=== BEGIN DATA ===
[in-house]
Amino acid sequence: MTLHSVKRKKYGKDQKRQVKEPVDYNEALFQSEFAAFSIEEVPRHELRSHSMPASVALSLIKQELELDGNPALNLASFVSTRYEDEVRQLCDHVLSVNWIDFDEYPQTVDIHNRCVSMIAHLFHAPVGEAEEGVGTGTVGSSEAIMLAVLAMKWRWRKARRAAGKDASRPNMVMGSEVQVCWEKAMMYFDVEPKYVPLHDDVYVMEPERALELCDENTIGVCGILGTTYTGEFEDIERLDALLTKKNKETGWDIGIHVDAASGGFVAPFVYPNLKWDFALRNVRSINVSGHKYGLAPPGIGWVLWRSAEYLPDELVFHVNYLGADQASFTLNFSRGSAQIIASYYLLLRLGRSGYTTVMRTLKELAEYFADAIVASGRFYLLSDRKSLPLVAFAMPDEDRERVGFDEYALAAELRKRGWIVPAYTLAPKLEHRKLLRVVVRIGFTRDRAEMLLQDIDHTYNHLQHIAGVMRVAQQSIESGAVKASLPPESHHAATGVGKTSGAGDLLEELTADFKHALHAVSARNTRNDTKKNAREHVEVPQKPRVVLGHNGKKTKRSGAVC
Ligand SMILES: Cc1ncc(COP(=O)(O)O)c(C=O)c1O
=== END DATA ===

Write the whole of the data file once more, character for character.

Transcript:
[in-house]
Amino acid sequence: MTLHSVKRKKYGKDQKRQVKEPVDYNEALFQSEFAAFSIEEVPRHELRSHSMPASVALSLIKQELELDGNPALNLASFVSTRYEDEVRQLCDHVLSVNWIDFDEYPQTVDIHNRCVSMIAHLFHAPVGEAEEGVGTGTVGSSEAIMLAVLAMKWRWRKARRAAGKDASRPNMVMGSEVQVCWEKAMMYFDVEPKYVPLHDDVYVMEPERALELCDENTIGVCGILGTTYTGEFEDIERLDALLTKKNKETGWDIGIHVDAASGGFVAPFVYPNLKWDFALRNVRSINVSGHKYGLAPPGIGWVLWRSAEYLPDELVFHVNYLGADQASFTLNFSRGSAQIIASYYLLLRLGRSGYTTVMRTLKELAEYFADAIVASGRFYLLSDRKSLPLVAFAMPDEDRERVGFDEYALAAELRKRGWIVPAYTLAPKLEHRKLLRVVVRIGFTRDRAEMLLQDIDHTYNHLQHIAGVMRVAQQSIESGAVKASLPPESHHAATGVGKTSGAGDLLEELTADFKHALHAVSARNTRNDTKKNAREHVEVPQKPRVVLGHNGKKTKRSGAVC
Ligand SMILES: Cc1ncc(COP(=O)(O)O)c(C=O)c1O